Fortunately, Governor Brewer’s team found the loophole as well, and are taking action to close it. This law is going to be a tremendous test of character for the Arizona education community of the sort we have failed in the past. Reading intervention should have the top priority for every dime of federal funding received for K-3 students. All of the Title programs can be used to support early reading intervention, remediation, and professional development. So long as we are really going to see the policy through, I support Governor Brewer’s call for additional state resources without reservation.

The only time Arizona officeholders garner attention seems to be when they do something controversial or downright nutty. Kudos for getting some things right!

Grade Retention is Common Nationally but Effective in Florida

February 28, 2012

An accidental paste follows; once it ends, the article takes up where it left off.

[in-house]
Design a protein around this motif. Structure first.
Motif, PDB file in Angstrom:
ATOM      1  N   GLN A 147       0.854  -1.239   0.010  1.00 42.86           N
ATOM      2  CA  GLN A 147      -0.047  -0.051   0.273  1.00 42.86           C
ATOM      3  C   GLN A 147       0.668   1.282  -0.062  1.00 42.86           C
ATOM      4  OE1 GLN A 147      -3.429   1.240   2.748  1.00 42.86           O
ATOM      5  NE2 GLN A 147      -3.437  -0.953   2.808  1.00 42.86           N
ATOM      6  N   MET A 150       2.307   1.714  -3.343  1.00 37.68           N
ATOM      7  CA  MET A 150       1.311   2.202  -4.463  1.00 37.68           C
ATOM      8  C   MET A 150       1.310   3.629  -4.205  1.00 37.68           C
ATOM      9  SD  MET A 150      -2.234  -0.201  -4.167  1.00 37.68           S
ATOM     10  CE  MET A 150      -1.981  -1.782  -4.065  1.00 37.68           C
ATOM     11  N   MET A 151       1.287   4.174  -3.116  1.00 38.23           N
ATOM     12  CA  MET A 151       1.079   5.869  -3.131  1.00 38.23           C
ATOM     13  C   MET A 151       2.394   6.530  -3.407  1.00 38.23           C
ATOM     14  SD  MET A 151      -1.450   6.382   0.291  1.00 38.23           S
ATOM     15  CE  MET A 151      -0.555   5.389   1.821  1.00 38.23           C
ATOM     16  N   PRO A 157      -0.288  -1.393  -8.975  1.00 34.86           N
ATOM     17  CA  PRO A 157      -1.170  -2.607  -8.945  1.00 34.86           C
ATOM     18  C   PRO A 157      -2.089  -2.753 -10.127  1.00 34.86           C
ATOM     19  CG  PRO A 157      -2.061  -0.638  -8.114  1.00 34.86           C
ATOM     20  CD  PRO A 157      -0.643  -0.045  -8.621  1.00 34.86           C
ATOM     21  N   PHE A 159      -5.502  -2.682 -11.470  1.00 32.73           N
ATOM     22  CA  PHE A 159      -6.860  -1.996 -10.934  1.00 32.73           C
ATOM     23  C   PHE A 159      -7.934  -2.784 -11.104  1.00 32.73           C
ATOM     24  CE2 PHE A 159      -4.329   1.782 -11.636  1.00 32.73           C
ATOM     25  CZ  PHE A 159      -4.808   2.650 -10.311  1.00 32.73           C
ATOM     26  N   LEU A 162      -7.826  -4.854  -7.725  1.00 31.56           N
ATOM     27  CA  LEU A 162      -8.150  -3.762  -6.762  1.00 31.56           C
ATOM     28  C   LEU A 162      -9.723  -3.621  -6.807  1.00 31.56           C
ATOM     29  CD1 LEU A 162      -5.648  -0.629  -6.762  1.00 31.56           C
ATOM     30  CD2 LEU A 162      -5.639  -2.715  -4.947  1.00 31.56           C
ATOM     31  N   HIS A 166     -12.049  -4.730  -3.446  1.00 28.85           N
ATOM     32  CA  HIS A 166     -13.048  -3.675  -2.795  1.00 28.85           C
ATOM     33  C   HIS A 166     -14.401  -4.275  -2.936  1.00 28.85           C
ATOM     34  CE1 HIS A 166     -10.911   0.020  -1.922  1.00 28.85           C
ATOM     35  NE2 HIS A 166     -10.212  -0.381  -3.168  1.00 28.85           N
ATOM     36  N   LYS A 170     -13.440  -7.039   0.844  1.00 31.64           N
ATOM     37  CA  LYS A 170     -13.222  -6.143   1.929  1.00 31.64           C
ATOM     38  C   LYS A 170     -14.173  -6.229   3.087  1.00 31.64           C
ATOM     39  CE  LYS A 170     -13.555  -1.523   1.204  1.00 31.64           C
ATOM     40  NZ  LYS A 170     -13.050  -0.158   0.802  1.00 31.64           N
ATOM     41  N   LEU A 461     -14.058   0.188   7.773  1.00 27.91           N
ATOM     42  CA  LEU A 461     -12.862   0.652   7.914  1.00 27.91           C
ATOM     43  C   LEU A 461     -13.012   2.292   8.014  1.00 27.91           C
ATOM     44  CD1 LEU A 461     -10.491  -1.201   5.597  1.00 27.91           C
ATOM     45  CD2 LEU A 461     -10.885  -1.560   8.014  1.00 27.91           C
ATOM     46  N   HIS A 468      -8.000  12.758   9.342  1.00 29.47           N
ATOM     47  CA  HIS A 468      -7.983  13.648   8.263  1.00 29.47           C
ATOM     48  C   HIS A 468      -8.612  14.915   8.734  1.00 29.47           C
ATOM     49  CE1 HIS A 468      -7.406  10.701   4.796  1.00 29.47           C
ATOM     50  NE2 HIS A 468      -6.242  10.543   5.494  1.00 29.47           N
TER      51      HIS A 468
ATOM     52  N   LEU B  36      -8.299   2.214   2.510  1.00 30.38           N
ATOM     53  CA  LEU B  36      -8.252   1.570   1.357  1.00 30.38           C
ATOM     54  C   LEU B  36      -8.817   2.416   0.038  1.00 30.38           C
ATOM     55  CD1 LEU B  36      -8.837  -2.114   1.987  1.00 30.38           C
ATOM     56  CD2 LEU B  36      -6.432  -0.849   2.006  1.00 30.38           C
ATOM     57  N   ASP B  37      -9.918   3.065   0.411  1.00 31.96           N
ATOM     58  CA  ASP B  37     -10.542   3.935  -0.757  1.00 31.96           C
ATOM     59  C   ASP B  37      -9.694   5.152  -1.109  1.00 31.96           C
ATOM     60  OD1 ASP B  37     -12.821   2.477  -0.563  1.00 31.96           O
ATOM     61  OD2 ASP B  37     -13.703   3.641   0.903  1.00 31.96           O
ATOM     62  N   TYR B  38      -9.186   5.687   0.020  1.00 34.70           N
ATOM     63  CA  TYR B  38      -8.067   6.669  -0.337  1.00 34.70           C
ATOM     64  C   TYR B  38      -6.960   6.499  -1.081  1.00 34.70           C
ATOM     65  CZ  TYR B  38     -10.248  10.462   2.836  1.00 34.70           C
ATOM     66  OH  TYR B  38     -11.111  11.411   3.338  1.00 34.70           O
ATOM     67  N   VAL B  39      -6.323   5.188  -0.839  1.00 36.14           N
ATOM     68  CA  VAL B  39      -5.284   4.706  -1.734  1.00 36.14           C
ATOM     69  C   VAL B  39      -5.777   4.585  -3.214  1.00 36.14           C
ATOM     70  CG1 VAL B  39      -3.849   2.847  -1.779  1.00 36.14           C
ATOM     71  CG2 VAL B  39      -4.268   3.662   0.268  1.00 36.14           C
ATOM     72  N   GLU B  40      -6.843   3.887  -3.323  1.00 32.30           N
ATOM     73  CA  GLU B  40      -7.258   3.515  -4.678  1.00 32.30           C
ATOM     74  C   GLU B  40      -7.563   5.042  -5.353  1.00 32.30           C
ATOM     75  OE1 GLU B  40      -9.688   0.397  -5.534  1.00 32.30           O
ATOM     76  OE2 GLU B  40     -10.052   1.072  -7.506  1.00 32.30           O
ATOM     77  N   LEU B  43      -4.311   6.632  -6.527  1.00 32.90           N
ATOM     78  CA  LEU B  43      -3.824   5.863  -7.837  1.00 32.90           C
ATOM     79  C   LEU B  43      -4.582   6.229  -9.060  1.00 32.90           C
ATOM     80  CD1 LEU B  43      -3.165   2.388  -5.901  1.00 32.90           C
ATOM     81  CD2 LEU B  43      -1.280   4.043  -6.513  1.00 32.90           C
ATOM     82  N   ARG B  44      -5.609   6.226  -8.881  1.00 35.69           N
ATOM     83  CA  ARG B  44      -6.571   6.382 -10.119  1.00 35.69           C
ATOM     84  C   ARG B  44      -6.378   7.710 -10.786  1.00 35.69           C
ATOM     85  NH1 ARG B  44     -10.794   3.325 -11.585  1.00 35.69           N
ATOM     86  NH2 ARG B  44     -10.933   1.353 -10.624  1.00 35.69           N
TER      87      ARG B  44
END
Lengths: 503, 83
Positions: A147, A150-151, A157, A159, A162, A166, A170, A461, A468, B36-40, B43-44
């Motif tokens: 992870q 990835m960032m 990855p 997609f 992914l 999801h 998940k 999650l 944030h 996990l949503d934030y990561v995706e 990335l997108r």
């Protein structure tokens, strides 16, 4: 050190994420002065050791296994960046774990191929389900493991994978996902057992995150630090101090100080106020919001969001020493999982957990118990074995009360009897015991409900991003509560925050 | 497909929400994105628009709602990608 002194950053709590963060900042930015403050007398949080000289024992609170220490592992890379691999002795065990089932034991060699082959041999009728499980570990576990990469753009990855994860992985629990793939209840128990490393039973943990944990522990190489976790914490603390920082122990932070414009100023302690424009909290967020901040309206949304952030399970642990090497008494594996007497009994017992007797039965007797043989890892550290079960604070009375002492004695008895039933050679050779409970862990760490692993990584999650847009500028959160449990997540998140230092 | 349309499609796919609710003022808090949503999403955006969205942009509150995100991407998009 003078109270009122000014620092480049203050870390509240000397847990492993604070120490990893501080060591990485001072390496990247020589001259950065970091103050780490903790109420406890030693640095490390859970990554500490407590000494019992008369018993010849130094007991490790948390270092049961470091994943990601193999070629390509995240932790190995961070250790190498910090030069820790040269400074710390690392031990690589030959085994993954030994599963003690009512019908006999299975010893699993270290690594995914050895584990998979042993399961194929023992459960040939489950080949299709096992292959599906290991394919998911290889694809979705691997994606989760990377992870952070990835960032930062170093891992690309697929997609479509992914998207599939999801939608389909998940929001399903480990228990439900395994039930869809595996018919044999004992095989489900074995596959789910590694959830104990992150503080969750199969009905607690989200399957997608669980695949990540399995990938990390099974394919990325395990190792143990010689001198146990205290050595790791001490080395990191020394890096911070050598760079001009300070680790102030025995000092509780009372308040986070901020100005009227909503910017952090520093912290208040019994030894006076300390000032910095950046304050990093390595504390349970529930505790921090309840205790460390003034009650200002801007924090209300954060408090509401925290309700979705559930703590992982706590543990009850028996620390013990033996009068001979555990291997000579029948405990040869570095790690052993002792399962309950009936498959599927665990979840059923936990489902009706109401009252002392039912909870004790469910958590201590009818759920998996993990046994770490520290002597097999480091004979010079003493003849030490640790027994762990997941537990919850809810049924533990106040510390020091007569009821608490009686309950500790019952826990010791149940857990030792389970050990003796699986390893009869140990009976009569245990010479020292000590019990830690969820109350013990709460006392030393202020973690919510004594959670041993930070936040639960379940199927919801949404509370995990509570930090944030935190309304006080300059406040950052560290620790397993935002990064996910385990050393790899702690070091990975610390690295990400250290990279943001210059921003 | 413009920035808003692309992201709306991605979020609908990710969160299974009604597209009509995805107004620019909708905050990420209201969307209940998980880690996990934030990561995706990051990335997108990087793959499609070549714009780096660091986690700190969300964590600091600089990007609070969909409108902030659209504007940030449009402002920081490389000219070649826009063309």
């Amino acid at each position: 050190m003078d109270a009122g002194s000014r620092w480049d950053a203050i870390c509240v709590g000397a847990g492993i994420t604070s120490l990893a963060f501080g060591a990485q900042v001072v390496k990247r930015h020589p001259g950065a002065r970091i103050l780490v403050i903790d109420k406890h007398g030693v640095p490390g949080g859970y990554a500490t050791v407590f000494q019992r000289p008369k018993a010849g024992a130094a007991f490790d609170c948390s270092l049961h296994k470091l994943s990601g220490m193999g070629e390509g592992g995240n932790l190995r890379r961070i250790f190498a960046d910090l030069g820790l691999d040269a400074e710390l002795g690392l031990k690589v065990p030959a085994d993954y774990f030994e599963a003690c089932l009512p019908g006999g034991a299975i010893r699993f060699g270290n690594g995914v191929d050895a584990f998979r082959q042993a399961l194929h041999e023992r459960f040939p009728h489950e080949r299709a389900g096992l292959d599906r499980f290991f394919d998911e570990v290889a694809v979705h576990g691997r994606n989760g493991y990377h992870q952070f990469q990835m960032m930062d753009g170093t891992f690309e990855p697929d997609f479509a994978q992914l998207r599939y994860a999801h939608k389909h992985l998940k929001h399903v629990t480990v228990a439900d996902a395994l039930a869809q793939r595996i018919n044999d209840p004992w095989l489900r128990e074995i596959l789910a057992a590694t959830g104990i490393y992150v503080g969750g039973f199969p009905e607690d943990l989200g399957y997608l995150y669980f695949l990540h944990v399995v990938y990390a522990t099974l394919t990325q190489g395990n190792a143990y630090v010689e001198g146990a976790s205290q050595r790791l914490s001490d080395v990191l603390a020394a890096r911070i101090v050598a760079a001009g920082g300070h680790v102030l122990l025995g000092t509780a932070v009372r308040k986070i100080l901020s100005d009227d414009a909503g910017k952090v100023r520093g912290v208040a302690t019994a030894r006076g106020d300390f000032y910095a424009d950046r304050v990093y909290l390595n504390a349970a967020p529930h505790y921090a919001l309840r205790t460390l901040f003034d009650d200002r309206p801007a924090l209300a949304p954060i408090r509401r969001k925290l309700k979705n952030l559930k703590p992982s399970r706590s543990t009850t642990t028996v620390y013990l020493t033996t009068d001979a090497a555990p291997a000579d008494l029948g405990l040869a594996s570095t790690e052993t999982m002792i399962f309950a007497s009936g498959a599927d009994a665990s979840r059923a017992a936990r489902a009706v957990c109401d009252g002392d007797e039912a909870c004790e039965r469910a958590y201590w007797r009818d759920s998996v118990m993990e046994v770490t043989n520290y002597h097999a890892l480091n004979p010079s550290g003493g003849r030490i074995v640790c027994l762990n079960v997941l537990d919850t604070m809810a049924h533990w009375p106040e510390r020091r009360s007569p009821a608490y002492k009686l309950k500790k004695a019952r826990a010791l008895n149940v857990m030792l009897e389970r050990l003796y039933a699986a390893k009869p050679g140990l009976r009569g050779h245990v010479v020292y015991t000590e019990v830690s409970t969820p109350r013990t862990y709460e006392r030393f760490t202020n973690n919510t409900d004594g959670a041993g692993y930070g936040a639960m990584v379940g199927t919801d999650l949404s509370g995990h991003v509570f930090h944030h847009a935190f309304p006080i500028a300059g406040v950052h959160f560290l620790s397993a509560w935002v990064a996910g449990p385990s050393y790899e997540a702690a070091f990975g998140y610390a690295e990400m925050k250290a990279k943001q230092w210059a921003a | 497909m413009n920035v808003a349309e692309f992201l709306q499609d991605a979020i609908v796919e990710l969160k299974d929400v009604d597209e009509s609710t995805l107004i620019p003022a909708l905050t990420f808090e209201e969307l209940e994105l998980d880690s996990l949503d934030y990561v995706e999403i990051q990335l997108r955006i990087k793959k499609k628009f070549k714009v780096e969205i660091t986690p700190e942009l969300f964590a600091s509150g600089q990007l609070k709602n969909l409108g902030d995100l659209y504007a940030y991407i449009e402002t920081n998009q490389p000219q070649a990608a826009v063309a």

(Guest Post by Matthew Ladner)

I came across an interesting study from NCES recently concerning the practice of grade retention that creates yet another hole in NEPC boat regarding their Florida theories. In fact, here is a link to a study from the ASU precursor to NEPC by Columbia Teacher College Professor Chatterji (one of the NEPC critics) from 2003 calling on Florida to “rethink sanction and retention policies in light of new and past research showing that retention does not improve student achievement.” 

Now you can look at the below figure and ask yourself just who needs to reconsider what. The red line is FCAT 1 scores for Black students, the Green line is for Hispanic students, and the blue line is for all students.

The NEPC boat is already sitting on the floor of the ocean, but hey, why not drop a depth charge on it?